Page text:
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Fig. 2. Dipoles and the neuroimaging results of case 1. (A) Interictal EEG dipoles. Dots show the locations of all the estimated dipoles. (B) Interictal MEG dipoles. Dots show the locations of the main estimated dipoles. Triangles show the locations of the other estimated dipoles. (C) Ictal MEG dipoles. Dots show the locations of all the estimated dipoles for the section indicated by the underline in Fig. 1. (D) Ictal SPECT. A hyperperfusion area was observed in the right lateral occipital area. It is clear that the ictal/interictal EEG and MEG dipoles corresponded well with each other.

with discomfort in her mouth, which is sometimes followed by impairment of consciousness. Her EEGs showed interictal spikes in the left central mid-temporal area during waking recordings, which increased during sleep

recordings. Ictal EEGs showed no remarkable changes associated with her clinical manifestations (Fig. 3). However, ictal MEGs showed high-voltage slow waves over her left hemisphere (Fig. 4). EEG dipoles estimated for

Fig. 3. EEG recordings of case 2. Left, interictal EEG; Center, ictal EEG; Right, interictal EEG during sleep. Note that no difference was observed between the interictal and ictal EEGs.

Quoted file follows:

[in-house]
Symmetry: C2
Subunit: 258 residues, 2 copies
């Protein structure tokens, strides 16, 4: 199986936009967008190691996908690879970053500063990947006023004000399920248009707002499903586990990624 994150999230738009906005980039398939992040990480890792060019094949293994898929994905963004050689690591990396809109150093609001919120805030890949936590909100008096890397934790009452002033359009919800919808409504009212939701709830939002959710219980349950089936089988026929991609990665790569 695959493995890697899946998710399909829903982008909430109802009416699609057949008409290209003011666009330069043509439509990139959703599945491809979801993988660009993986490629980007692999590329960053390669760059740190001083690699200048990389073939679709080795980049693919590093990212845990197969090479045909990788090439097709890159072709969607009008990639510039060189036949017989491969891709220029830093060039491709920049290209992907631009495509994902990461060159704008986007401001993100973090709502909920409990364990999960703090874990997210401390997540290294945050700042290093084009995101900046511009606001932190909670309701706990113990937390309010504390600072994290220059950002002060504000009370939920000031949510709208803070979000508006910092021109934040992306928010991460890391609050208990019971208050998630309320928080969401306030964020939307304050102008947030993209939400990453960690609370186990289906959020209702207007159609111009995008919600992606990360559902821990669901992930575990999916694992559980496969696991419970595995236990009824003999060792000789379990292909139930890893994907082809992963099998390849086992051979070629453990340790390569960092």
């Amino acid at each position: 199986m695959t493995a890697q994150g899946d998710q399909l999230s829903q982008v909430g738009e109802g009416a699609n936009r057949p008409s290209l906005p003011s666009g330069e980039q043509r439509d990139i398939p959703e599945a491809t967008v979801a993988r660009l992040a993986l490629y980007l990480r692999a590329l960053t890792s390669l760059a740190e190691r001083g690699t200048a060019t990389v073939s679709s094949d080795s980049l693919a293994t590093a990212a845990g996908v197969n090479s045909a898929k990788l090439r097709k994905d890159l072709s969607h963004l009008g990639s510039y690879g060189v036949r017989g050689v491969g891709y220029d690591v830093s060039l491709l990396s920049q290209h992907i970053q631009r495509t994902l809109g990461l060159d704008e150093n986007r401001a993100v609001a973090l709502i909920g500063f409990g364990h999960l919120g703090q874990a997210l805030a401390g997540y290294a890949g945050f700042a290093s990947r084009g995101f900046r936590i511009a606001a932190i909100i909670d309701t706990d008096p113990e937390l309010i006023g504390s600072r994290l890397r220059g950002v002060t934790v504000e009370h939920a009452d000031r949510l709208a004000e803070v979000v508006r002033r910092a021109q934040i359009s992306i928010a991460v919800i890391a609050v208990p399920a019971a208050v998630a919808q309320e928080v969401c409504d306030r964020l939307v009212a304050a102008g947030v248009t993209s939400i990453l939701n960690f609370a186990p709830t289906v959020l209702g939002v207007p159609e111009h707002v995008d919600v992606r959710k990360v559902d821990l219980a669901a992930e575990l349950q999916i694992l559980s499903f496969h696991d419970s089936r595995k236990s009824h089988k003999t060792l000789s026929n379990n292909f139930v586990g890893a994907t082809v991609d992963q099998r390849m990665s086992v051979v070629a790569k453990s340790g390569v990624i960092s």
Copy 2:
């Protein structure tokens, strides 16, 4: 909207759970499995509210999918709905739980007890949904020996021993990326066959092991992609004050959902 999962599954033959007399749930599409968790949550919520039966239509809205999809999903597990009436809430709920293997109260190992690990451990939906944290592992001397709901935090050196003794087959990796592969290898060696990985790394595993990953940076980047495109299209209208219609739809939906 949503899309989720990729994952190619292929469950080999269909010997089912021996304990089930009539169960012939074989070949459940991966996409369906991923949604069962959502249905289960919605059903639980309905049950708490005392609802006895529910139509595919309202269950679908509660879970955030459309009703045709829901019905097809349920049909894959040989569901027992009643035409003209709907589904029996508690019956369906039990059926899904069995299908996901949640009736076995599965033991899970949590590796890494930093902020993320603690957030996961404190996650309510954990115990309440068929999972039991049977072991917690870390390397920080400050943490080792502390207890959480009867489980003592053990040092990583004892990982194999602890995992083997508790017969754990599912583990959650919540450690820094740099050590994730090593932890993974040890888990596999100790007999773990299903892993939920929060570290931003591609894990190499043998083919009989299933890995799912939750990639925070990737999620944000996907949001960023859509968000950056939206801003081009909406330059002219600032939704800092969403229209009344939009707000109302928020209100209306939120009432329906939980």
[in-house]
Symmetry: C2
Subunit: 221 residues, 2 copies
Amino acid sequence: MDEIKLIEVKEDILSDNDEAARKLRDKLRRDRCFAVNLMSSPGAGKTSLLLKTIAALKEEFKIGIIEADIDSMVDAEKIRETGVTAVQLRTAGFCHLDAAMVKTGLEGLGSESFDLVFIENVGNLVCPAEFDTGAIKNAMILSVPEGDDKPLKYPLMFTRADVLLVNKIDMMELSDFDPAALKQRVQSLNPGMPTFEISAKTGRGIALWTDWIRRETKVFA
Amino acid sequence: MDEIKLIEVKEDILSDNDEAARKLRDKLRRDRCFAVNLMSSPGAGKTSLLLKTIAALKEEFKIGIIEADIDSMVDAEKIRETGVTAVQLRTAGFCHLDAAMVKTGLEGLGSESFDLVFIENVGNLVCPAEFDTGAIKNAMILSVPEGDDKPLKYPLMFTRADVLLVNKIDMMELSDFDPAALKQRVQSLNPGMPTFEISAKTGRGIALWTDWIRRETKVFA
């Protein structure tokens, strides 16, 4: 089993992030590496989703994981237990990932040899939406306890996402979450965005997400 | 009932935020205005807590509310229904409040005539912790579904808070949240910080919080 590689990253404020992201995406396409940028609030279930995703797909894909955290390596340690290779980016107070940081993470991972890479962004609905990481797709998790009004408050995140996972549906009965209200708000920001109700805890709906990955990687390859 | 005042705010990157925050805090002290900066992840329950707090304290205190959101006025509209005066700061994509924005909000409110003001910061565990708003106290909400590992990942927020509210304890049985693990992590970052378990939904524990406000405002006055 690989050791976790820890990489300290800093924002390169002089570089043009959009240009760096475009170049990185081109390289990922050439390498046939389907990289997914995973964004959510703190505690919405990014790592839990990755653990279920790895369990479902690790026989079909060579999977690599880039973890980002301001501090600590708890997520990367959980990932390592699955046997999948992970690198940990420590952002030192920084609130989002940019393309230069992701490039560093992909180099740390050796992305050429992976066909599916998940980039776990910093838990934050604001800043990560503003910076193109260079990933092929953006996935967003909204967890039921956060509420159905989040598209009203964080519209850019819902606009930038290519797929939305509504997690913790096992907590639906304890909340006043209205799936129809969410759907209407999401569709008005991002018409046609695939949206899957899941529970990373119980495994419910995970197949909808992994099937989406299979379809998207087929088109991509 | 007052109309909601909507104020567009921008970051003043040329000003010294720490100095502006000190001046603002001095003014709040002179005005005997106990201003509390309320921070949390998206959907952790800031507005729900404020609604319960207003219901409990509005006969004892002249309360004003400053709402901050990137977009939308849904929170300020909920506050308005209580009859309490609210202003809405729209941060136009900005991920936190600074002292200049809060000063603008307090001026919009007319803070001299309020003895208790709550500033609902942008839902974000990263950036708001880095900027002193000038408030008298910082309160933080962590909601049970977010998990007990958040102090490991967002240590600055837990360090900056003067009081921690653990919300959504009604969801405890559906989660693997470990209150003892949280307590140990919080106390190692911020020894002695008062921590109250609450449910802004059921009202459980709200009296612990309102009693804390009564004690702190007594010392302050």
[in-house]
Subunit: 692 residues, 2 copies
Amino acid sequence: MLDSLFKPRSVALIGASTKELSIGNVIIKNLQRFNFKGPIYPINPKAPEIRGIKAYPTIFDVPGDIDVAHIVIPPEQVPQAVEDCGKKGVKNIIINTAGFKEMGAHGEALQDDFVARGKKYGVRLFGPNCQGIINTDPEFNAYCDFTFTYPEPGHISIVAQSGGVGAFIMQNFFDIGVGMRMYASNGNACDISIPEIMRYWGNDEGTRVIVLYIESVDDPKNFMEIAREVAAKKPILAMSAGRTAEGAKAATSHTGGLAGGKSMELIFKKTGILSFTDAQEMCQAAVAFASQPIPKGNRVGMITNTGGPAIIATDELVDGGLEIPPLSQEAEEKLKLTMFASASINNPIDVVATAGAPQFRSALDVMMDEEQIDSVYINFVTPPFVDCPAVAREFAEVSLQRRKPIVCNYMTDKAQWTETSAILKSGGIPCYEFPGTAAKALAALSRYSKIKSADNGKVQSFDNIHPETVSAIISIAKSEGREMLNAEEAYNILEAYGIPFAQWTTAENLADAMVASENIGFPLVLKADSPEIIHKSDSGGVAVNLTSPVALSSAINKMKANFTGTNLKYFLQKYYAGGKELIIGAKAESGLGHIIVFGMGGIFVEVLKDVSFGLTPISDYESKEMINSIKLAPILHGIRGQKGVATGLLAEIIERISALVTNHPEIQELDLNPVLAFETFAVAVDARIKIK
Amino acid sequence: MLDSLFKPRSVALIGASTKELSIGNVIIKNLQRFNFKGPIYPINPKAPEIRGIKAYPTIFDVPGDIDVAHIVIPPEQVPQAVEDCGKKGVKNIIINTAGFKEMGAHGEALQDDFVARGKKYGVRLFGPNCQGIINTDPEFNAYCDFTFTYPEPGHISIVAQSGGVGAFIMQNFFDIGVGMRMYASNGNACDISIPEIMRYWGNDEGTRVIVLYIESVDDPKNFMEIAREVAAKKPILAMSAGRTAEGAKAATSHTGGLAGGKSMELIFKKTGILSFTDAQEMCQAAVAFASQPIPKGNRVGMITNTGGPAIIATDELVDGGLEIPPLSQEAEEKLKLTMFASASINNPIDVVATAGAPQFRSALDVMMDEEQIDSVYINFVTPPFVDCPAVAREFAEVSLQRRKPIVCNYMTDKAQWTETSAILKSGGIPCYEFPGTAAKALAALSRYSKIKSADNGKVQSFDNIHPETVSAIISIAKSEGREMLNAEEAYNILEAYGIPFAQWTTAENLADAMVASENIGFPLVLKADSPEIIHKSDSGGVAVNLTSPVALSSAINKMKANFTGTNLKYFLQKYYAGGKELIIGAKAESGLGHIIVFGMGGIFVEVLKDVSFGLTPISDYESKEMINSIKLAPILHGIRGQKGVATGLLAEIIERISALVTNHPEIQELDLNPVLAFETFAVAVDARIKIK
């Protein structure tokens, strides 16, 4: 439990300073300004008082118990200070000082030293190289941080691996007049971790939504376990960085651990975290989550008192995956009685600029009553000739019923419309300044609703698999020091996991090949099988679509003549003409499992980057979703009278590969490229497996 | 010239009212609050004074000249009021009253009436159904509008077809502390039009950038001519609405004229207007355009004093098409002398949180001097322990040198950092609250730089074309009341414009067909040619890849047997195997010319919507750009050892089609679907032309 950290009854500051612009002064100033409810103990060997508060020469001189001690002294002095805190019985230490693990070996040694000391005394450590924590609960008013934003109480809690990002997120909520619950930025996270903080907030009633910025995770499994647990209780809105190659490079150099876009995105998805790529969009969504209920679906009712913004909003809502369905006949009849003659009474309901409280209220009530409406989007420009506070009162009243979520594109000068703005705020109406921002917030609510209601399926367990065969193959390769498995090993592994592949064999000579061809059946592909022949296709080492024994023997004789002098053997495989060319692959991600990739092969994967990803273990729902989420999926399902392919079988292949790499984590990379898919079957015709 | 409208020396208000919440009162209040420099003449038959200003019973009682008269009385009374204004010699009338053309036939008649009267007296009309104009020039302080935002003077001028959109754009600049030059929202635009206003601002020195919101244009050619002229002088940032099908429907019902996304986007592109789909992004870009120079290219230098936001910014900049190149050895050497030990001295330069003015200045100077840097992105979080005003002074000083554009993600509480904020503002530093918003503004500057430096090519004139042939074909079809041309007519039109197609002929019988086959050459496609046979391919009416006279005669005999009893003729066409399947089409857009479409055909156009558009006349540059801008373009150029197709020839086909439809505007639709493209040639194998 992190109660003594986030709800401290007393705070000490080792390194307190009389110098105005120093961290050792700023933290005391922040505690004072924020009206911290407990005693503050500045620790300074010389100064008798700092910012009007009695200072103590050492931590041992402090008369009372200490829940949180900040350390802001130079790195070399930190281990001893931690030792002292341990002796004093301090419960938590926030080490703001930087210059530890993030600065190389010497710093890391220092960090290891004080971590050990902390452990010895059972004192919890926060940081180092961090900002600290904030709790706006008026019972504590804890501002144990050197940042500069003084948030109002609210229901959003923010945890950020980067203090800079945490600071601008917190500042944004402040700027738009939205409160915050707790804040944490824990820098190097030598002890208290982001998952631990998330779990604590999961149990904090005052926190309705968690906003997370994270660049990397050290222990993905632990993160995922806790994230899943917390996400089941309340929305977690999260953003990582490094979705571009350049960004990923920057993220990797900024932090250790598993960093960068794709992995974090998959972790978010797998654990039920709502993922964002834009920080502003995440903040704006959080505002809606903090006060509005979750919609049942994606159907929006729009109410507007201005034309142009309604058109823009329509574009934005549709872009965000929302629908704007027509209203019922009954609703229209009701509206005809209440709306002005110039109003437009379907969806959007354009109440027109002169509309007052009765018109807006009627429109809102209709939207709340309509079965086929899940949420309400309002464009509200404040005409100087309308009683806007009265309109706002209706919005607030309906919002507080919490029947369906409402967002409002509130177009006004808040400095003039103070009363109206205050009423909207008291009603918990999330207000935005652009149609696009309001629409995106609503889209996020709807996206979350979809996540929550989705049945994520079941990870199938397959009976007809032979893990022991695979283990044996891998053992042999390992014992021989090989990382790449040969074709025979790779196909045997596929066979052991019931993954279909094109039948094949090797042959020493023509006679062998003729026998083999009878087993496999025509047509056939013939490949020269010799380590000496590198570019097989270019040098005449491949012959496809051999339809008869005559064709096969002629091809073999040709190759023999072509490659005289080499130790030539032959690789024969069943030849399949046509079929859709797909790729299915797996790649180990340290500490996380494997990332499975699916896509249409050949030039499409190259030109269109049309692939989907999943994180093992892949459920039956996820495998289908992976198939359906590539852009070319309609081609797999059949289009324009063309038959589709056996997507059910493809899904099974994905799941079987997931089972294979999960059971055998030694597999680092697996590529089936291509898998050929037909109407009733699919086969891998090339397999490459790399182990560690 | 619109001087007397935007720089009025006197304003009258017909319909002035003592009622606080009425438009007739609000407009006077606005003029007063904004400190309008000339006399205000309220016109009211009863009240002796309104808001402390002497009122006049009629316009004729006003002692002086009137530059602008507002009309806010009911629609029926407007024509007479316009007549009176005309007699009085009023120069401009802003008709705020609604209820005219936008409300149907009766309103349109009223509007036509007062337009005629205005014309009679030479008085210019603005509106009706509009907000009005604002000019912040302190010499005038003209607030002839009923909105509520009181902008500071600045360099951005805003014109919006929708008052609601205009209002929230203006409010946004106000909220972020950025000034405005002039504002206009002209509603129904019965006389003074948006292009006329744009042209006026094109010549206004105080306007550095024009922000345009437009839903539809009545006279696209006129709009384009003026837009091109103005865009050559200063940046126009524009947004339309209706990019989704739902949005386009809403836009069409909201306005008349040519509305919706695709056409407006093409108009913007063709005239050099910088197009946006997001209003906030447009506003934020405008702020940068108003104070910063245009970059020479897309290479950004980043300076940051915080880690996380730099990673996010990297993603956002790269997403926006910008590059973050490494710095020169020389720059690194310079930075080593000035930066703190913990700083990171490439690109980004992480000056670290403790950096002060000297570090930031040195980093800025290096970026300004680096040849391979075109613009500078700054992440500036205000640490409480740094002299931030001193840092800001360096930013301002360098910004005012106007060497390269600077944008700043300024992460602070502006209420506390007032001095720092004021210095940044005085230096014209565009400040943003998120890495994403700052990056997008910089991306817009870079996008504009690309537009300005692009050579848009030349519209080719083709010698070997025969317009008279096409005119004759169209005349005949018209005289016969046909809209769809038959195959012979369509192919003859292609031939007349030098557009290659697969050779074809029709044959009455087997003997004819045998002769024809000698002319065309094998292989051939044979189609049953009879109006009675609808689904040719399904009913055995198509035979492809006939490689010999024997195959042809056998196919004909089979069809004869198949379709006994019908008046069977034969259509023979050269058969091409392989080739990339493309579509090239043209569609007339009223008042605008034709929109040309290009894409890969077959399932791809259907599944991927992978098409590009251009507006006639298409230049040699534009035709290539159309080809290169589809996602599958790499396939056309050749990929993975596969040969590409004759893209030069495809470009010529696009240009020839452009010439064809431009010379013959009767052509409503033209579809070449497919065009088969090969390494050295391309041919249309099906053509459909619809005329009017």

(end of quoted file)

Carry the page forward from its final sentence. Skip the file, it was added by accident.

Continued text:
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Fig. 4. MEG recordings of case 2. Left, interictal MEG recording; Right, ictal MEG recording. The MEG channels were aligned from the left lateral sensor (anterior to posterior) to the right lateral sensor. Note the large delta wave that appeared in the left hemisphere during the ictal MEG recording.

Fig. 5. Dipoles and the neuroimaging results of case 2. (A) Interictal EEG dipoles. Dots show the locations of all the estimated dipoles. (B) Interictal MEG dipoles. Dots show the locations of all the estimated dipoles. (C) MEG iso-contour map based on ictal MEG recordings. The map shows the distribution of the MEG field at the peak of the delta wave shown in Fig. 3. (D) Ictal SPECT. A hyperperfusion area was observed around the left sylvian fissure. Note that the interictal EEG/MEG dipoles corresponded well the hot area on this SPECT image. Furthermore, the MEG iso-contour map also suggested the epileptogenic area was located in the region of the left sylvian fissure.